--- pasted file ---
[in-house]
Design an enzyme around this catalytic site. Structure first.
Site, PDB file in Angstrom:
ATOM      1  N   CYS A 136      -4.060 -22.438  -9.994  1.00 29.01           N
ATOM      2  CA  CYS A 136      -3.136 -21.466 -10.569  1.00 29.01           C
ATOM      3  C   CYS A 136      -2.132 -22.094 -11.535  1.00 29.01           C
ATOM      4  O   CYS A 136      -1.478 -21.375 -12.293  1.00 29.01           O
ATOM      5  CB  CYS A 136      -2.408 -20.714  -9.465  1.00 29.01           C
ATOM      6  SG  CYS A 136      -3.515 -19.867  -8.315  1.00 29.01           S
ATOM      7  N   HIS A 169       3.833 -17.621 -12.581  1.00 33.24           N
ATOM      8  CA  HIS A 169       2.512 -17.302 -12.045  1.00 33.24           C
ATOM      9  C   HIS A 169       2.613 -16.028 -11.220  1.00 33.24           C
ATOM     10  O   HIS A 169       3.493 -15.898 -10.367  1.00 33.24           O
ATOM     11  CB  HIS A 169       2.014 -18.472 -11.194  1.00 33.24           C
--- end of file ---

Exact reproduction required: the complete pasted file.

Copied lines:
[in-house]
Design an enzyme around this catalytic site. Structure first.
Site, PDB file in Angstrom:
ATOM      1  N   CYS A 136      -4.060 -22.438  -9.994  1.00 29.01           N
ATOM      2  CA  CYS A 136      -3.136 -21.466 -10.569  1.00 29.01           C
ATOM      3  C   CYS A 136      -2.132 -22.094 -11.535  1.00 29.01           C
ATOM      4  O   CYS A 136      -1.478 -21.375 -12.293  1.00 29.01           O
ATOM      5  CB  CYS A 136      -2.408 -20.714  -9.465  1.00 29.01           C
ATOM      6  SG  CYS A 136      -3.515 -19.867  -8.315  1.00 29.01           S
ATOM      7  N   HIS A 169       3.833 -17.621 -12.581  1.00 33.24           N
ATOM      8  CA  HIS A 169       2.512 -17.302 -12.045  1.00 33.24           C
ATOM      9  C   HIS A 169       2.613 -16.028 -11.220  1.00 33.24           C
ATOM     10  O   HIS A 169       3.493 -15.898 -10.367  1.00 33.24           O
ATOM     11  CB  HIS A 169       2.014 -18.472 -11.194  1.00 33.24           C